How does it feel to be unnoticed? How do you catch someone’s attention? Have you been in a situation where your name influences the future of your work? What should you do to keep yourself in momentum and never lose sight? From being unknown to a world-renowned author, Riley Sager discusses the things that work best for him.
Riley Sager is a former journalist, editor, and graphic designer turned into an award-winning author. As someone who tasted the bitterness of what means to be faded in obscurity, Riley Sager is a pseudonym brought into the world that changed his life from an unknown to a sought-after author.
Known for his work “Final Girls” applauded by the legend author, Stephen King, Riley is bound to take the world into a massive storm. In my talk with Riley, we dived into his arduous path to international success and the different aspects that an upstart author should understand. In this episode, you’ll learn…
Knowing your strengths and weaknesses when you start your journey as an author is a must, but never lose sight of knowing yourself. It is equally important to understand the undercurrents that surround you as you start your tumultuous path to publishing your first book.
There are hundreds of thousands of authors in the literary world and only an extremely small number of people are bound to be legends—immortalized in literary history. It starts from the title of your book, opting for a pen name or not, and knowing your purpose to understand the business behind publishing.
As an upstart, it is important to understand that publishing is a business. Many writers lose sight of that because their passion clouded their judgment or they were simply not prepared for the business aspect of it. Understand that a business thrives in the name of profit, and if you fail to understand that first-hand, there will never be a time for your book to shine to the world.
The thing that sets apart new authors to seasoned authors are not solely in experience but versatility, not in genres but character building. Your sex will not matter in achieving maximum relatability in character building. Regardless if you are a man or a woman, the thing that converges between the two is decision-making. You approach the characters through how they react to the given situation—they might be imperfect but they are strong. Find ways to help your audience understand why your characters came up with their decision—to achieve engagement and enlightenment.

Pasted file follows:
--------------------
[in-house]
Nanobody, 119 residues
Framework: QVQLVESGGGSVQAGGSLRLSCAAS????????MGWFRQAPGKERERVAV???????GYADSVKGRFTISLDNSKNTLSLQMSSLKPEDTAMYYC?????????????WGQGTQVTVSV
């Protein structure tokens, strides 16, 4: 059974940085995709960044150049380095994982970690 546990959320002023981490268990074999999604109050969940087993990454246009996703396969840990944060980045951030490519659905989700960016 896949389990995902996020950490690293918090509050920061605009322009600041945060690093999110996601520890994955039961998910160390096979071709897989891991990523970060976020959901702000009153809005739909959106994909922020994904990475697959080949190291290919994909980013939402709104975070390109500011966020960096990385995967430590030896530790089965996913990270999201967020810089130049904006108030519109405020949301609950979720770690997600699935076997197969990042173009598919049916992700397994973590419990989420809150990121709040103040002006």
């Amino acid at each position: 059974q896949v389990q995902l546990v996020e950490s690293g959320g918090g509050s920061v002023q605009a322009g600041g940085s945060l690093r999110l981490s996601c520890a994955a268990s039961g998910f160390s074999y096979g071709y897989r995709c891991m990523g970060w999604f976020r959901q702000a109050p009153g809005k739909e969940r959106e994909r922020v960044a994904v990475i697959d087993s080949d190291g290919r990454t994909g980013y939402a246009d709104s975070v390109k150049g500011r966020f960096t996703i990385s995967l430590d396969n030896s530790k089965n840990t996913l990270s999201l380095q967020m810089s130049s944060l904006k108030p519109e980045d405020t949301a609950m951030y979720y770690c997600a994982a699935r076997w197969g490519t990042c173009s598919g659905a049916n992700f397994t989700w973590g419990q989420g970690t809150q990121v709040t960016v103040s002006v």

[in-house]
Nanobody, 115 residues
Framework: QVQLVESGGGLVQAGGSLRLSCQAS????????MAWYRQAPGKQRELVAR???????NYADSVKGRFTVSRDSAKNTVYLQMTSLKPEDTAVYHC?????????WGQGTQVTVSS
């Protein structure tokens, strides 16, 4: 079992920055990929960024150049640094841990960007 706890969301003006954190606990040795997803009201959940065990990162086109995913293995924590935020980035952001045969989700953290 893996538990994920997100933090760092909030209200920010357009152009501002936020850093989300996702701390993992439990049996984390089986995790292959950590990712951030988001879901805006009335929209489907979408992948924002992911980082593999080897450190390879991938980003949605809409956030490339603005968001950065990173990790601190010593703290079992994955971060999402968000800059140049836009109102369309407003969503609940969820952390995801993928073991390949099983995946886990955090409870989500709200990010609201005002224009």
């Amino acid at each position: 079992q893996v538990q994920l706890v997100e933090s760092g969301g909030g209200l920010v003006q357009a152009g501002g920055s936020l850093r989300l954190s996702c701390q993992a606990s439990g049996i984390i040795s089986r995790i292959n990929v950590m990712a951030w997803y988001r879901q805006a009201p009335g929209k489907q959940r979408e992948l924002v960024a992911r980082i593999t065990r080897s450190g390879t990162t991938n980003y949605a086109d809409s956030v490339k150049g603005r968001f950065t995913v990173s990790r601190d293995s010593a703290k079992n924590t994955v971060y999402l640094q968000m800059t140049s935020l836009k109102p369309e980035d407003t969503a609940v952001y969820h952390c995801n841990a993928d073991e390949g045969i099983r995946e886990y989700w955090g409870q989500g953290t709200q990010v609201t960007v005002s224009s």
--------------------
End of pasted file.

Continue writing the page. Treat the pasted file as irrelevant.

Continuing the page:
Developing your foundation is the start to sailing, and understanding your purpose keeps you away from sinking. It is essential to set things straight right off the bat. What do you want to get out of this? Different answers lead to different paths and have their share of difficulty.
You might be doing it as a hobby or full-time, telling your story or being famous and rich, being mainstream and trendy, or be unique and deviate from the trend, and so much more. It is important to figure out what you want and try to go for it. Ultimately, ask yourself if you want to tell a story or sell books.
Nobody is perfect and a journey towards greatness is filled with challenges and mistakes refined and improved over time. As an upstart author, it is important to ask questions. Never be afraid or embarrassed to tell that you do not know something—they assume you know what you need to know. Next, understand your market better—know the difficulty of finding an audience.
Getting the word out and keeping the hype up will be hard, therefore, you need to befriend as many writers as you can. Try to put yourself out there. Be genuine, because if you do, authors will help you further down the road.
Writing a story will never be easy. The thought, process, effort, and time that go into it are a sight to behold. But despite the demand it takes to write a single book, authors still have the burning passion and unwavering will to tread the path. Just like Riley: “I am hard on myself, and because of that it makes my book better.”
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